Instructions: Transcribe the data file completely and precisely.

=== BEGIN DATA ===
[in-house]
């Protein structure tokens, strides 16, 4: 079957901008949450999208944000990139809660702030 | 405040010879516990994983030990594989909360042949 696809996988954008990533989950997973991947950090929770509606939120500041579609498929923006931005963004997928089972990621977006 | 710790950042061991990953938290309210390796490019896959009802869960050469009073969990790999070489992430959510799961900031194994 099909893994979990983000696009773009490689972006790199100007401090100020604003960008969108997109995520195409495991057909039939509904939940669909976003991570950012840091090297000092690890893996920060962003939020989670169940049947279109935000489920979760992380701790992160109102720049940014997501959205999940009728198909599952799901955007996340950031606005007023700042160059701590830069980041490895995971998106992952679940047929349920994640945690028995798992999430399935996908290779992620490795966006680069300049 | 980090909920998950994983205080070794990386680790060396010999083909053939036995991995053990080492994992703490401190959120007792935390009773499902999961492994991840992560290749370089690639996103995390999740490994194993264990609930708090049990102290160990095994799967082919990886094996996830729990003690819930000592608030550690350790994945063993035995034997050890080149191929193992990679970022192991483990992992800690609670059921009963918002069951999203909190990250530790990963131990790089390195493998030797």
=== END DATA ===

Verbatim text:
[in-house]
């Protein structure tokens, strides 16, 4: 079957901008949450999208944000990139809660702030 | 405040010879516990994983030990594989909360042949 696809996988954008990533989950997973991947950090929770509606939120500041579609498929923006931005963004997928089972990621977006 | 710790950042061991990953938290309210390796490019896959009802869960050469009073969990790999070489992430959510799961900031194994 099909893994979990983000696009773009490689972006790199100007401090100020604003960008969108997109995520195409495991057909039939509904939940669909976003991570950012840091090297000092690890893996920060962003939020989670169940049947279109935000489920979760992380701790992160109102720049940014997501959205999940009728198909599952799901955007996340950031606005007023700042160059701590830069980041490895995971998106992952679940047929349920994640945690028995798992999430399935996908290779992620490795966006680069300049 | 980090909920998950994983205080070794990386680790060396010999083909053939036995991995053990080492994992703490401190959120007792935390009773499902999961492994991840992560290749370089690639996103995390999740490994194993264990609930708090049990102290160990095994799967082919990886094996996830729990003690819930000592608030550690350790994945063993035995034997050890080149191929193992990679970022192991483990992992800690609670059921009963918002069951999203909190990250530790990963131990790089390195493998030797």